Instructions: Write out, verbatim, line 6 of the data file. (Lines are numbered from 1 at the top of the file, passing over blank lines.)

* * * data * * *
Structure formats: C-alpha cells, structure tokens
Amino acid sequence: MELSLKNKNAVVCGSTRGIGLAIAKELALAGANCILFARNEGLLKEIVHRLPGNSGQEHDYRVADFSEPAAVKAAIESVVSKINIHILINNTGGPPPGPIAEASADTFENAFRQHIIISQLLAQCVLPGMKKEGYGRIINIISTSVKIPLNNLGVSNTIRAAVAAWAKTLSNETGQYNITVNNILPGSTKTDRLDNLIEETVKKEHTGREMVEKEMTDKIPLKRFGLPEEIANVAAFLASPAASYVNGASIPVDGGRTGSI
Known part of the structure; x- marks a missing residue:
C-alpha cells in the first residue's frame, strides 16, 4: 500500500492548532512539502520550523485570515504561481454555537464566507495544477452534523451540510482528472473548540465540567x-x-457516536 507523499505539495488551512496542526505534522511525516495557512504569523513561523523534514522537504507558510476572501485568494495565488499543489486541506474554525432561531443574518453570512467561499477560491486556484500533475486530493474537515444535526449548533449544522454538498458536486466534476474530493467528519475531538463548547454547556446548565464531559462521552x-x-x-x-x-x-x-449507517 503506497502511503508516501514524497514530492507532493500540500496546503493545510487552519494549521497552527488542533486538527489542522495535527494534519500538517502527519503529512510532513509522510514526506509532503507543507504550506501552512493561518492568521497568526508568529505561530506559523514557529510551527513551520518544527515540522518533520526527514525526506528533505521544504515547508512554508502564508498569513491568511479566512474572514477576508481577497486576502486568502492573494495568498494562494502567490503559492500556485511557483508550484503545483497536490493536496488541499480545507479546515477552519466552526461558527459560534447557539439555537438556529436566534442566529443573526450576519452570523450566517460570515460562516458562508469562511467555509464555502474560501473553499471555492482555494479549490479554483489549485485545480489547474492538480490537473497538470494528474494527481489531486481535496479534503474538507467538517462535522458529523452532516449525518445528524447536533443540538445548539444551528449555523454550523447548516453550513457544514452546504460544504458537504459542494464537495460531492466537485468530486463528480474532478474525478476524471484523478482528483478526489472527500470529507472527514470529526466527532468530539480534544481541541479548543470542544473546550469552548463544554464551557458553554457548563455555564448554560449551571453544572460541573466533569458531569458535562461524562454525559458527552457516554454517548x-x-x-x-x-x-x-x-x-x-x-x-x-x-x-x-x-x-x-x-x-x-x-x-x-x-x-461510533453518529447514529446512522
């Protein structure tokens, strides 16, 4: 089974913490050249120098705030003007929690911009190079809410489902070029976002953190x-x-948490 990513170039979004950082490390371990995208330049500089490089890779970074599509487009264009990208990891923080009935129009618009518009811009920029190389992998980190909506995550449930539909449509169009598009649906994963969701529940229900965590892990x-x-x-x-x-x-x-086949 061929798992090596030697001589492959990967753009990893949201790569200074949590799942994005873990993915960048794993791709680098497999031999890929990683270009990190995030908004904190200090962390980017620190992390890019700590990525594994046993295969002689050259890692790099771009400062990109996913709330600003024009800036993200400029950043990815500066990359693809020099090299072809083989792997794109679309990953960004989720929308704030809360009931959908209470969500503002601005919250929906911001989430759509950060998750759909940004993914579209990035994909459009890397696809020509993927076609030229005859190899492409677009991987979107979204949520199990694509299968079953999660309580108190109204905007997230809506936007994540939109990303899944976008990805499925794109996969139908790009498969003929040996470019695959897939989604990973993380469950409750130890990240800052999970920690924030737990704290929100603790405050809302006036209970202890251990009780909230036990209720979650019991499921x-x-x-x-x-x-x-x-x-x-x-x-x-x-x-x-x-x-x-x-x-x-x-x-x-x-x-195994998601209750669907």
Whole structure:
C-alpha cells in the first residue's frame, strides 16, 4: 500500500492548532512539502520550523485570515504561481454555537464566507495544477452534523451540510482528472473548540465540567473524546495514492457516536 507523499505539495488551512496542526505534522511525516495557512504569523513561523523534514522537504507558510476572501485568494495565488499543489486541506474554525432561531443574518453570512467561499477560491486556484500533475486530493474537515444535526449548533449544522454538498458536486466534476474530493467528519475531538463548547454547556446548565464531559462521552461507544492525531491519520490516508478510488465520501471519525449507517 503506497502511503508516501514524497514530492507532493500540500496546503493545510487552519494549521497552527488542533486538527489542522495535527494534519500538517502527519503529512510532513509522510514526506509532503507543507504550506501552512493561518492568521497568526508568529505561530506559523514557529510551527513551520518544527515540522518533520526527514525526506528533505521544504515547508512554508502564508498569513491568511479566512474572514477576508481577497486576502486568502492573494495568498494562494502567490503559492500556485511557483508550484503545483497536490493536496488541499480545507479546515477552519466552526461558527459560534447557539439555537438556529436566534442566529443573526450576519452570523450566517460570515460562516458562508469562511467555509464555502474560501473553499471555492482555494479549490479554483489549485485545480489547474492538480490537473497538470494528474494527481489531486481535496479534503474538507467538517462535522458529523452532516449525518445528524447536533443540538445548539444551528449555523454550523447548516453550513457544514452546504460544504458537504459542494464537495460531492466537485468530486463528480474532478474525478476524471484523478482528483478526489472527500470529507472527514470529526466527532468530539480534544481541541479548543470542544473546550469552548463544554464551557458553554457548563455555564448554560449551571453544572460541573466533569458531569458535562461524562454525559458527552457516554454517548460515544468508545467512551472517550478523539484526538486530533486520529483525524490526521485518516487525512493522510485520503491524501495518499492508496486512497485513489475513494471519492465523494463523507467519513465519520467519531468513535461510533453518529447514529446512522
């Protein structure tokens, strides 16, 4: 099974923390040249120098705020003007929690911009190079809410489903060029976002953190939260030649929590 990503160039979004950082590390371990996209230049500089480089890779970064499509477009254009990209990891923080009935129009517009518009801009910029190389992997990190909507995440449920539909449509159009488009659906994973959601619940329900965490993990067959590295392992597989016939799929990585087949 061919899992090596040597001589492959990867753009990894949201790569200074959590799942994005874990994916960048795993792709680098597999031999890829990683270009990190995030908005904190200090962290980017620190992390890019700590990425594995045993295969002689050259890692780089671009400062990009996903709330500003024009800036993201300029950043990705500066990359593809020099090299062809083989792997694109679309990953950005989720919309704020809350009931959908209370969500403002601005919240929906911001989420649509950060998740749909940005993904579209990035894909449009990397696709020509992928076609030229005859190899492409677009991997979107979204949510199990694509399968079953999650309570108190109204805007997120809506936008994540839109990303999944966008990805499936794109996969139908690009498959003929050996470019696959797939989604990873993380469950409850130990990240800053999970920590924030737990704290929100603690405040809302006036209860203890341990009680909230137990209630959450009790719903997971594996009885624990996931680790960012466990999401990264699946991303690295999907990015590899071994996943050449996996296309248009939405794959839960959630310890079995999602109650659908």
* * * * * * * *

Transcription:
Whole structure: